1. spoilsport, killjoy, wet blanket, party pooper -- ((informal) someone who spoils the pleasure of others)
----------------------------------------
Hyponyms of noun killjoy
1 sense of killjoy
Sense 1
spoilsport, killjoy, wet blanket, party pooper -- ((informal) someone who spoils the pleasure of others)
worrier, fuss-budget, fusspot, worrywart -- (thinks about unfortunate things that might happen)
-----------------------------------------
Synonyms/Hypernyms (Ordered by Frequency) of noun killjoy
1 sense of killjoy
Sense 1
spoilsport, killjoy, wet blanket, party pooper -- ((informal) someone who spoils the pleasure of others)
unwelcome person, persona non grata -- (a person who for some reason is not wanted or welcome)
-----------------------------------------
Coordinate Terms of noun killjoy
1 sense of killjoy
Sense 1
spoilsport, killjoy, wet blanket, party pooper -- ((informal) someone who spoils the pleasure of others)
unwelcome person, persona non grata -- (a person who for some reason is not wanted or welcome)
unpleasant person, disagreeable person -- (a person who is not pleasant or agreeable)
ingrate, thankless wretch, ungrateful person -- (a person who shows no gratitude)
intruder, interloper, trespasser -- (someone who intrudes on the privacy or property of another without permission)
meddler -- (an officious annoying person who interferes with others)
disreputable person -- (someone lacking public esteem)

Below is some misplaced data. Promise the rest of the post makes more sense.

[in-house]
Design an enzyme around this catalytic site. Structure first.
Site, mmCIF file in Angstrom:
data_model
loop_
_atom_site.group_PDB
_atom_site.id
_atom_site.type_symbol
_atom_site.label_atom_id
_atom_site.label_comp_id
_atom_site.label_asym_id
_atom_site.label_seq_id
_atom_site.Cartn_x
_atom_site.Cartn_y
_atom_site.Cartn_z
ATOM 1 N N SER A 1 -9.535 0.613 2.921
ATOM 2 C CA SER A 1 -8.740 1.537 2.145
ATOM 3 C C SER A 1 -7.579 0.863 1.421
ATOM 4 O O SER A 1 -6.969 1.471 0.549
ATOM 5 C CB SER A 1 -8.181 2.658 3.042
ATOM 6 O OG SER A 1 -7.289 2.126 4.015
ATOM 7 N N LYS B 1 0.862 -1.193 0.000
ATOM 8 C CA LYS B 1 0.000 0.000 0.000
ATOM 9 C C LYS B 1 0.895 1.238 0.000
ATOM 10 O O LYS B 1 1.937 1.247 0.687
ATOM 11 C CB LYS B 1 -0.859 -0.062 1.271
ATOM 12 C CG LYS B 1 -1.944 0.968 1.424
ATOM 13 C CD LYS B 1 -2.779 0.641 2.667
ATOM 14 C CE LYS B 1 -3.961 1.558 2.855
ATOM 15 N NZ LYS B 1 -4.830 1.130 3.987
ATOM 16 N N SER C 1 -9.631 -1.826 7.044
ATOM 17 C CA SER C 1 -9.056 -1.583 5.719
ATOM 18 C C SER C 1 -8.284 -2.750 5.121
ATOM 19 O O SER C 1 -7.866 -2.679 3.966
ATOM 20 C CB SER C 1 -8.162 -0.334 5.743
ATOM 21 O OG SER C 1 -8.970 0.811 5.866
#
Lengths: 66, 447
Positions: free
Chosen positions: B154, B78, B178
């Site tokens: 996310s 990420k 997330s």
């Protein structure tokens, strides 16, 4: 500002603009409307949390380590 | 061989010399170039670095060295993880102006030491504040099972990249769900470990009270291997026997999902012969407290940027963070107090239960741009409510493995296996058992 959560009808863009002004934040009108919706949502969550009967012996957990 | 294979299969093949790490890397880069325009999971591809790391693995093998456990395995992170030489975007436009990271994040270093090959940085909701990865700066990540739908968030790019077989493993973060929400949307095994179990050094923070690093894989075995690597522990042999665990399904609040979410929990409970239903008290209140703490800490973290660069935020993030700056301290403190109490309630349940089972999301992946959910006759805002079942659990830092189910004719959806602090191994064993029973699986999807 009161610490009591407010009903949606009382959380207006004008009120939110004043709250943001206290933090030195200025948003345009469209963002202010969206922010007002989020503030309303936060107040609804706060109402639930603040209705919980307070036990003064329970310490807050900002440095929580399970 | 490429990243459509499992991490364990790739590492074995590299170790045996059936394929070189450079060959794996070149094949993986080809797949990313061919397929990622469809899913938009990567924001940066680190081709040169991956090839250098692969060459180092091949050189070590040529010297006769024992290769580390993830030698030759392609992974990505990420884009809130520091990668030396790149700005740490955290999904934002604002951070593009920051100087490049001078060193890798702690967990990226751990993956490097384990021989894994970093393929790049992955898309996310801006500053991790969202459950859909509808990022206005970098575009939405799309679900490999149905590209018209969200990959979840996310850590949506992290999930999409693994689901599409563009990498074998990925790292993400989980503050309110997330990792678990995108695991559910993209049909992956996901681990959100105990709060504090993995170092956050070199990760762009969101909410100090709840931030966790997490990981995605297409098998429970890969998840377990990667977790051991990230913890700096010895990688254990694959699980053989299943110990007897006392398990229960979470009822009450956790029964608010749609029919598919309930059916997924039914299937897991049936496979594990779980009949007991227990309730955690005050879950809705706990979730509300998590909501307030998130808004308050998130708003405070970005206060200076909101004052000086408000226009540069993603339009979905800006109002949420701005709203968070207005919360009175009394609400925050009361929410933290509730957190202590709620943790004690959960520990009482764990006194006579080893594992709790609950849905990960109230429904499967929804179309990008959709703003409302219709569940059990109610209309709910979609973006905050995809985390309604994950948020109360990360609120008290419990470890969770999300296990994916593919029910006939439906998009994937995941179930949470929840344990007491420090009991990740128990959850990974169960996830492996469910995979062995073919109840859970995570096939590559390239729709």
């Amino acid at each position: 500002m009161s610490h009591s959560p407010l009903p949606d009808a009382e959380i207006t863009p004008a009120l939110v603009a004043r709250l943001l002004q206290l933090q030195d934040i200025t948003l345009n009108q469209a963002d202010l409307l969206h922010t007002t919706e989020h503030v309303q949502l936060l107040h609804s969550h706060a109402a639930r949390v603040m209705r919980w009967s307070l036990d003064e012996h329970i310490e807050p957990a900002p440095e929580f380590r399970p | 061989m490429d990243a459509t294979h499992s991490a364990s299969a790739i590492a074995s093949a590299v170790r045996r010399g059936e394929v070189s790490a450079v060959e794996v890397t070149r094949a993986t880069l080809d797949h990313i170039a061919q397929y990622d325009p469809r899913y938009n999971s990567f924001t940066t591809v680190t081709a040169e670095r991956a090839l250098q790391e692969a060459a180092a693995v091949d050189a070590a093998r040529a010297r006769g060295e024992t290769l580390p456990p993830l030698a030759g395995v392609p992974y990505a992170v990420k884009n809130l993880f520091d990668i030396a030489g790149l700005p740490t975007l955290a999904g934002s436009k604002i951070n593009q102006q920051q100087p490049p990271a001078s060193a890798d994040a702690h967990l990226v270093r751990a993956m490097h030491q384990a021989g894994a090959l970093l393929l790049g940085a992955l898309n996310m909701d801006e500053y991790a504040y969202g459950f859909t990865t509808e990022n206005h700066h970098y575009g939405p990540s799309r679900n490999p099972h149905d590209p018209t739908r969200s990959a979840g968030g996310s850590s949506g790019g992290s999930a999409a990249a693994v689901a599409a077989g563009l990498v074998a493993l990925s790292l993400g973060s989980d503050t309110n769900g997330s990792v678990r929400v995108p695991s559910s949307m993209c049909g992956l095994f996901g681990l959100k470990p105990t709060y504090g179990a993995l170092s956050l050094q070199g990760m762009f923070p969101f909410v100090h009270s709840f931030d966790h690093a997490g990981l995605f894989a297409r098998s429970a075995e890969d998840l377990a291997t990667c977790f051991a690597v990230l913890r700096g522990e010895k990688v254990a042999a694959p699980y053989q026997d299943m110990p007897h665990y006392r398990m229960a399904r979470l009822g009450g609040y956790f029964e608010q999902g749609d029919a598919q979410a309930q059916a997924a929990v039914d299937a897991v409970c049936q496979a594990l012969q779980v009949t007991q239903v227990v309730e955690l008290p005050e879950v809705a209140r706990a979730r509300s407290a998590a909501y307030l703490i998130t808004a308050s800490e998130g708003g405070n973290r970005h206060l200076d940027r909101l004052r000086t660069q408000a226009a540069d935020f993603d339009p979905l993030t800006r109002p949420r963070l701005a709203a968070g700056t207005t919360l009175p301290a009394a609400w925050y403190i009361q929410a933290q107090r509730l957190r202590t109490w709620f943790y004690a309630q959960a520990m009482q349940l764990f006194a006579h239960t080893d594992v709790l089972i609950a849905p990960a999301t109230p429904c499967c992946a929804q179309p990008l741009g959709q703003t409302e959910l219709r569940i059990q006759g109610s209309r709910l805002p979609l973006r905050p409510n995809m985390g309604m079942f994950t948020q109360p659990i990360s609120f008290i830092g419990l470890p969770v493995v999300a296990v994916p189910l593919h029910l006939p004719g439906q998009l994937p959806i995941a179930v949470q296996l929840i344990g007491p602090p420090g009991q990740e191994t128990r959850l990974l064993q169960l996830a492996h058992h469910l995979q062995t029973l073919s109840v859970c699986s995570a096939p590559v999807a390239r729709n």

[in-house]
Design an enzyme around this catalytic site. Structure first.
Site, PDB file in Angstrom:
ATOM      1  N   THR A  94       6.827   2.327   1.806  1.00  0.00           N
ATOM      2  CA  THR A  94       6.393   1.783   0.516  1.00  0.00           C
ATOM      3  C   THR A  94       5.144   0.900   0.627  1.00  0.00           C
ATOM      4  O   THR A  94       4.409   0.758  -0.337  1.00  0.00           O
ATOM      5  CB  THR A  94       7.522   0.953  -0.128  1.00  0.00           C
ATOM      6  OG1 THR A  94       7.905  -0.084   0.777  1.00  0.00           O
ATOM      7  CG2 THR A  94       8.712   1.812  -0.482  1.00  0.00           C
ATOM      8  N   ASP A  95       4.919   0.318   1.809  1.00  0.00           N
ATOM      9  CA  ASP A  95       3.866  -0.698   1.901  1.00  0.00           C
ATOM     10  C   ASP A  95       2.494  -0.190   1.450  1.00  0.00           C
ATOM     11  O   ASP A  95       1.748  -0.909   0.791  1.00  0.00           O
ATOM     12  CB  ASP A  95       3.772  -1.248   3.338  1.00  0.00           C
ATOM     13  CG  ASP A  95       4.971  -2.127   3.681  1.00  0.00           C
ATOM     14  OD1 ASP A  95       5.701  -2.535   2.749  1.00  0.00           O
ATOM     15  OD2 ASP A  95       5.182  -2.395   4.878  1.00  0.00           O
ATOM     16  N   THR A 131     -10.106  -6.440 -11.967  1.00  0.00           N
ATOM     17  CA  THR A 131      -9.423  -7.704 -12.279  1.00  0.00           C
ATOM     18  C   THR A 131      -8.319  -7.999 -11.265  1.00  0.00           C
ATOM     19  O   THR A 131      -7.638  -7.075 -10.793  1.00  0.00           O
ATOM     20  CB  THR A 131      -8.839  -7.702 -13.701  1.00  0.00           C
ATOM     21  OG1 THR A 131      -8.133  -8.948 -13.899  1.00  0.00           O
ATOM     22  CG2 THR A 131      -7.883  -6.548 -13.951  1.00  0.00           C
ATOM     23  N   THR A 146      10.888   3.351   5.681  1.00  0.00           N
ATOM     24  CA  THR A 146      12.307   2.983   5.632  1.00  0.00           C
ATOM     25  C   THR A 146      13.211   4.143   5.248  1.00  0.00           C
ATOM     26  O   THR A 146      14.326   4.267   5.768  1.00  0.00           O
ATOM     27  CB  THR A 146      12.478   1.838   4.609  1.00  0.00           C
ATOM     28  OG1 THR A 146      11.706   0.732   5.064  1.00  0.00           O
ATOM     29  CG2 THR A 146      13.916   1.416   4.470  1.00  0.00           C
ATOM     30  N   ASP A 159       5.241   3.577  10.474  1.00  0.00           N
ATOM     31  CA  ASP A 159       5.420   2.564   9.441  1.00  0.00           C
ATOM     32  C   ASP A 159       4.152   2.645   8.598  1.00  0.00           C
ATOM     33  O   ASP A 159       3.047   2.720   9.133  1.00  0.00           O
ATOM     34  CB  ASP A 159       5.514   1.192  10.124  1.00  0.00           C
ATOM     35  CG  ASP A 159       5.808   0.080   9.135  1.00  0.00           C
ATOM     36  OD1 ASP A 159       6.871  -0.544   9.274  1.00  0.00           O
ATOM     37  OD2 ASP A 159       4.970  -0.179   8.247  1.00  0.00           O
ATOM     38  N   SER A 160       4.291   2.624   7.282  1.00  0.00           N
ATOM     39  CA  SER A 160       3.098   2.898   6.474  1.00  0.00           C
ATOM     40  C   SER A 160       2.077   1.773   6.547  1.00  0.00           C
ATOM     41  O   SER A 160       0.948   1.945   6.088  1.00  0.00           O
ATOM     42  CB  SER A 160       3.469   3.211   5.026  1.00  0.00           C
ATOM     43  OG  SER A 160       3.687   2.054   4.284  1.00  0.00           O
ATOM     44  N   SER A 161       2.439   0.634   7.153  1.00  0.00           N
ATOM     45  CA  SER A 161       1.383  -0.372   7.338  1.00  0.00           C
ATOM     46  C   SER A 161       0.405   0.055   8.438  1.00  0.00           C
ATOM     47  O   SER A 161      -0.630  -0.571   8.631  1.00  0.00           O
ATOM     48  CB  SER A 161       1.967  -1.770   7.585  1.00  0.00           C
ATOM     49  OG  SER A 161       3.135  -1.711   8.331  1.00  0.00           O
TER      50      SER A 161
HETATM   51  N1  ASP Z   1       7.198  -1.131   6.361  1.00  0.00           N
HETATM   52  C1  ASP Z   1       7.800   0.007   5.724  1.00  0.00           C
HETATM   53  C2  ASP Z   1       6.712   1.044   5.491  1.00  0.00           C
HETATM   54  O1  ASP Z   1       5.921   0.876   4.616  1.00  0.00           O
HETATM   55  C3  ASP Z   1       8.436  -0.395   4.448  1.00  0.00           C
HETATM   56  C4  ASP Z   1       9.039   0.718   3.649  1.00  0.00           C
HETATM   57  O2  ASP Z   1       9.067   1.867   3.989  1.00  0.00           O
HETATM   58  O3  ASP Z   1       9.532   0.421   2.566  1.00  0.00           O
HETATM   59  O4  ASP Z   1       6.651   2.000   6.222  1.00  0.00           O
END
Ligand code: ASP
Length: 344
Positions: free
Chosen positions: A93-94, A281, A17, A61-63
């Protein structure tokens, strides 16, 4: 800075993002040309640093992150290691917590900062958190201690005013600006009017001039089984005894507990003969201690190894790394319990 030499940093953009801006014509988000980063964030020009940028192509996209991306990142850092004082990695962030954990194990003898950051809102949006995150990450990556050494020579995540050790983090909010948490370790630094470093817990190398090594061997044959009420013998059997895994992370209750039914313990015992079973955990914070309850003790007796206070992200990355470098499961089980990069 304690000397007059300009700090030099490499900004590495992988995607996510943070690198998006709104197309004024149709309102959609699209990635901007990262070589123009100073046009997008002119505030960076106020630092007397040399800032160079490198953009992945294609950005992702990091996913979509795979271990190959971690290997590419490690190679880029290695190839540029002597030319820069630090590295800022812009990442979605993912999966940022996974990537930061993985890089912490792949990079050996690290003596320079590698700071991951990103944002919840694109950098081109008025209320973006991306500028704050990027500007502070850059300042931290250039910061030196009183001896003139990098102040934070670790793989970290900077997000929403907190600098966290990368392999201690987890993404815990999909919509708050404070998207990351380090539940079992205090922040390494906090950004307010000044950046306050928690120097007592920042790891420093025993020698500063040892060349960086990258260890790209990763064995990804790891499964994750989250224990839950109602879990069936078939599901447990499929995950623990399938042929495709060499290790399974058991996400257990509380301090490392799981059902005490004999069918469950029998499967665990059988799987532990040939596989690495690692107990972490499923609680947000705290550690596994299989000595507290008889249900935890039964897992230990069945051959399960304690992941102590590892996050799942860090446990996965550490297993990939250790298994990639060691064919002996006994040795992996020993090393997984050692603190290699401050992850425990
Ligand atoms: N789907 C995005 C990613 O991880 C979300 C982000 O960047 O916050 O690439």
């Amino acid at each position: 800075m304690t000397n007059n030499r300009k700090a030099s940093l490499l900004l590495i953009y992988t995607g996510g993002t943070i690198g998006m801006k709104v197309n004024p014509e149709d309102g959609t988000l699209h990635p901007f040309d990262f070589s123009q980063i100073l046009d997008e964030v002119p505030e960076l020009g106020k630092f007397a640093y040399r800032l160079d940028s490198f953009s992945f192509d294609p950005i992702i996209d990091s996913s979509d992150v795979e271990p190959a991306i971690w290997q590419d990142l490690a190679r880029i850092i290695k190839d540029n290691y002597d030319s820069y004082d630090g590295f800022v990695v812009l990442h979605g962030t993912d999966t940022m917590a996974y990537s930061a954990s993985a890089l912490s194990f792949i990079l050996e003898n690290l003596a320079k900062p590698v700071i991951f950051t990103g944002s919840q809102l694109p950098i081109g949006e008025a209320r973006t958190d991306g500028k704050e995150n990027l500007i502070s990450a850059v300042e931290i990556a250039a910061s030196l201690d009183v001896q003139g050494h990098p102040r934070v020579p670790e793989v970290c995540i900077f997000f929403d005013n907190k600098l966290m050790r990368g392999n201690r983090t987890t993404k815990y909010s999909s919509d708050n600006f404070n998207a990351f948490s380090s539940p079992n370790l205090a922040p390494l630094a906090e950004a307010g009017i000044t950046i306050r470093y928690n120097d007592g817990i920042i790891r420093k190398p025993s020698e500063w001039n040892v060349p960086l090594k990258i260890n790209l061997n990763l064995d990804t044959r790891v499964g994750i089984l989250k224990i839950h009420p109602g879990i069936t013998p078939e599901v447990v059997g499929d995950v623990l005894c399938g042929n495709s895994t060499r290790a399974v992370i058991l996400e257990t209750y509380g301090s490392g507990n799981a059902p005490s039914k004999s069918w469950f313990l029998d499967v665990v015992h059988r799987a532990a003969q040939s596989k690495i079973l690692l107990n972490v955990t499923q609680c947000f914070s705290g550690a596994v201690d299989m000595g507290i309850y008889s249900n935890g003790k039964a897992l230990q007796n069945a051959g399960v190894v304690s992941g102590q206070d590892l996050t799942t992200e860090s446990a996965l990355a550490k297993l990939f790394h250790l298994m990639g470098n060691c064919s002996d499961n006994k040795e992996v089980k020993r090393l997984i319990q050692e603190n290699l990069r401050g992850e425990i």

sourpuss, picklepuss, gloomy Gus -- ((informal) someone with a habitually sullen or gloomy expression)
spoilsport, killjoy, wet blanket, party pooper -- ((informal) someone who spoils the pleasure of others)
troublemaker, trouble maker, mischief-maker, bad hat -- (someone who deliberately stirs up trouble)
undesirable -- (one whose presence is undesirable: ``rounding up vagrants and drunks and other undesirables'' )
villain, scoundrel -- (a wicked or evil person)
End of WordNet output for killjoy.
Return status: query word found.
It is now Tue May 11 10:51:02 1999 in Kyoto, Japan.
________________________________
American Heritage Dictionary
[Full Entry]
One who spoils the enthusiasm or fun of others....
________________________________
WWWebster Dictionary

Main Entry: kill·joy
Pronunciation: 'kil-"joi
Function: noun
Date: 1776
: one who spoils the pleasure of others

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Topic: 8) Eduerfnedahcs (20 of 25), Read 96 times
Conf: Word Fugitives, with Barbara Wallraff
From: Rus Bowden (lowelldude@aol.com)